Mentions: To demonstrate how the oscillation is generated by the interaction of the excitatory and inhibitory populations, we simulated activity in the model under four different conditions: firstly the original case described above (connection weights in Table ESM5), secondly with P2/3 to B2/3 synapses reduced to 1 % of their original weight, thirdly with B2/3 to P2/3 synapses reduced to 1 % of their original weight, and fourthly with the original synapse weights but increased input current to the B2/3 population (1.5 times the mean and standard deviation used in the original simulation values given in Table ESM9). Simulation results using these different configurations are plotted in Fig. 8, which shows that both P2/3 to B2/3 synapses and B2/3 to P2/3 synapses are necessary for the generation of a population gamma oscillation in the model. Without these connections—or with their strengths severely reduced—no oscillation emerges. This oscillation mechanism is the same as the “weak” pyramidal-interneuron network gamma (PING) model described by Börgers et al. (2005). Firing in a subset of P2/3 cells, which are densely connected with B2/3 neurons with strong synapses, causes a population spike from the B2/3 cells. This suppresses the network until the P2/3 neurons that receive the most input from the stochastic drive reach threshold. This subset of P2/3 neurons then fires, causing another B2/3 cell population spike, and so the oscillation continues (Börgers et al. 2005). Figure 8m–p shows that the oscillation is also suppressed in our model when the driving current to B2/3 cells is increased, allowing them to suppress P2/3 cell firing. This is in line with the gamma suppression mechanism described by Börgers and Kopell (2005). Figure 8 also demonstrates that the gamma oscillation in layer 5 is dependent on a gamma oscillation occurring in layer 2/3: layer 5 gamma is suppressed in each of the cases where layer 2/3 gamma is suppressed. Firing rates for each population in each case are given in Table ESM11.Fig. 8

Bottom Line: We first identified a reduced neuron model that retained the spatial and frequency filtering characteristics of extracellular potentials from neocortical neurons.A VERTEX-based simulation successfully reproduced features of the LFPs from an in vitro multi-electrode array recording of macaque neocortical tissue.We envisage that VERTEX will stimulate experimentalists, clinicians, and computational neuroscientists to use models to understand the mechanisms underlying measured brain dynamics in health and disease.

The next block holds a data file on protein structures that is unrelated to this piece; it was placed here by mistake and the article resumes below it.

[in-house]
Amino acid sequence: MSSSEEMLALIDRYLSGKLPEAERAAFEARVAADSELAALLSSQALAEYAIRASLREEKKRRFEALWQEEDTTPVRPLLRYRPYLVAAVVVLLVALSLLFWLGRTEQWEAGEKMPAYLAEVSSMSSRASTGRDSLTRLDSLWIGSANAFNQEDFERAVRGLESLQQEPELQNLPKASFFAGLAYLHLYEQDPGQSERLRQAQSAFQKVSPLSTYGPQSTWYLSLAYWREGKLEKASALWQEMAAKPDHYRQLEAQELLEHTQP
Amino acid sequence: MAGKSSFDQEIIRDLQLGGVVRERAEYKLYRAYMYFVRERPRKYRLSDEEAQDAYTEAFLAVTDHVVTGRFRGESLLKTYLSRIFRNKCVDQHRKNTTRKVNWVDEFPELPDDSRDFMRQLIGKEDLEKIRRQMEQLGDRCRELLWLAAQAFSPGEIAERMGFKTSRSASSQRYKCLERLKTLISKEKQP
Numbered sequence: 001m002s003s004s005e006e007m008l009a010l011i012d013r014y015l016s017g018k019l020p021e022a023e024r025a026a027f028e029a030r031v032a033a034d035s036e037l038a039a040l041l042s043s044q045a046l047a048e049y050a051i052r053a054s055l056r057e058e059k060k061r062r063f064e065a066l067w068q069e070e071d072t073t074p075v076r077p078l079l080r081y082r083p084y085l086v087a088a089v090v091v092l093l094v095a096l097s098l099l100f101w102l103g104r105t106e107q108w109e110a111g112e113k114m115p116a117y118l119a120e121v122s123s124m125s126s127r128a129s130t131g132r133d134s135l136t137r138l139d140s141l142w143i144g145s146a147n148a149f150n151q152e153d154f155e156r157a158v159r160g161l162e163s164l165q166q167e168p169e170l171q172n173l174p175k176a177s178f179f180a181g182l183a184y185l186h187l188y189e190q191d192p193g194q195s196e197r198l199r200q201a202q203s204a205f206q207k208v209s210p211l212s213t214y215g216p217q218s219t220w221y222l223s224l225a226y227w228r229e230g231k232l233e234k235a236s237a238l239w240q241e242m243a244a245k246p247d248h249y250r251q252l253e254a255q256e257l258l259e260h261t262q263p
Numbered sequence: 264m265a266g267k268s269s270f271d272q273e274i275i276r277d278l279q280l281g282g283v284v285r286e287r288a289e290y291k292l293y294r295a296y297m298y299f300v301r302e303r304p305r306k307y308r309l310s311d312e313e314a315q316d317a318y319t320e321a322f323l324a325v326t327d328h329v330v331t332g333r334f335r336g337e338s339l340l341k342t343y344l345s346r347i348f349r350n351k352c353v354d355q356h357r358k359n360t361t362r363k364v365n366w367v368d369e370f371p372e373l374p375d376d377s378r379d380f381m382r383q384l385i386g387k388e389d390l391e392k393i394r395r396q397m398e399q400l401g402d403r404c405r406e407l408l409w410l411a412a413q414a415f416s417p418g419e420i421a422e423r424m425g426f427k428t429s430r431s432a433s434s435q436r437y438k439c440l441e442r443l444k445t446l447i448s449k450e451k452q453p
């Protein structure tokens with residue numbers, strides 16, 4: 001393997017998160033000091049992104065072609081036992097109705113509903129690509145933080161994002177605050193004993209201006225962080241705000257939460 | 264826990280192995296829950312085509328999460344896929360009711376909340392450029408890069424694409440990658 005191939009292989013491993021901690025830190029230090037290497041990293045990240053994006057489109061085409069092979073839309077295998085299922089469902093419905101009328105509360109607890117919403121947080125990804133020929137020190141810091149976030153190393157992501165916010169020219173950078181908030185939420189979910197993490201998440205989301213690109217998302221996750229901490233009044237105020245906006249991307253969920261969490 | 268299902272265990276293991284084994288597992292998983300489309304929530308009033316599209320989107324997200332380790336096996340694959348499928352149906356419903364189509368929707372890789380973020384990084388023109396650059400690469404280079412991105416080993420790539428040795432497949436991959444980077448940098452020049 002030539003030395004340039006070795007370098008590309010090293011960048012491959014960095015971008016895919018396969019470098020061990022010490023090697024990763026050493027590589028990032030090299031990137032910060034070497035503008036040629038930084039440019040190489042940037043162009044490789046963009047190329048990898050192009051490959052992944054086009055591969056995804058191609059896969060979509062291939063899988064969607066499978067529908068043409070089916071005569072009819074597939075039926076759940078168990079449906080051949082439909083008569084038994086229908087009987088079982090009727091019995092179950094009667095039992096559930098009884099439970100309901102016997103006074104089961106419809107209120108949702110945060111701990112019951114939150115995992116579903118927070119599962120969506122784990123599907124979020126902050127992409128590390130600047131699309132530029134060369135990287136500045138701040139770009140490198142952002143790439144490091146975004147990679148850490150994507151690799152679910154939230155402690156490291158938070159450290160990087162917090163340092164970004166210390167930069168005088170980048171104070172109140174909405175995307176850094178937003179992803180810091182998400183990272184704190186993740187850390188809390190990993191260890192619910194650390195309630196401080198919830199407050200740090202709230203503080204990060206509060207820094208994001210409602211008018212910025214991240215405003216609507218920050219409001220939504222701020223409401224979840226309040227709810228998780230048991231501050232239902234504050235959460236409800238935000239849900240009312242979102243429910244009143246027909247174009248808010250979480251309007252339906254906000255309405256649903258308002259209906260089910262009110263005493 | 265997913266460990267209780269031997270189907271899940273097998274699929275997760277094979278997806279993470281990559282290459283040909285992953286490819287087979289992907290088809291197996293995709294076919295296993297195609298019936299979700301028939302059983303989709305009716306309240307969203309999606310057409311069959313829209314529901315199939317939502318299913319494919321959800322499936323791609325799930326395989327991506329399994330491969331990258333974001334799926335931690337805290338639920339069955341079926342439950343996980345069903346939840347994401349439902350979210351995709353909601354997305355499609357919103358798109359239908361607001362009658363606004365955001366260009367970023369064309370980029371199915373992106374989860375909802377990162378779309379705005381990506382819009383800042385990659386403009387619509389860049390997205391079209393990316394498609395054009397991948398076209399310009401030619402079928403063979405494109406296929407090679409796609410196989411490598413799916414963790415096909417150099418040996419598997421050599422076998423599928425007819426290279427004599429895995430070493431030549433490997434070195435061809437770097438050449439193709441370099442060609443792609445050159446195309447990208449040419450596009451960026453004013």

View Article: PubMed Central - PubMed

Affiliation: School of Computing Science, Newcastle University, Claremont Tower, Newcastle upon Tyne, NE1 7RU, UK, indigentmartian@gmail.com.

ABSTRACT
Local field potentials (LFPs) sampled with extracellular electrodes are frequently used as a measure of population neuronal activity. However, relating such measurements to underlying neuronal behaviour and connectivity is non-trivial. To help study this link, we developed the Virtual Electrode Recording Tool for EXtracellular potentials (VERTEX). We first identified a reduced neuron model that retained the spatial and frequency filtering characteristics of extracellular potentials from neocortical neurons. We then developed VERTEX as an easy-to-use Matlab tool for simulating LFPs from large populations (>100,000 neurons). A VERTEX-based simulation successfully reproduced features of the LFPs from an in vitro multi-electrode array recording of macaque neocortical tissue. Our model, with virtual electrodes placed anywhere in 3D, allows direct comparisons with the in vitro recording setup. We envisage that VERTEX will stimulate experimentalists, clinicians, and computational neuroscientists to use models to understand the mechanisms underlying measured brain dynamics in health and disease.

No MeSH data available.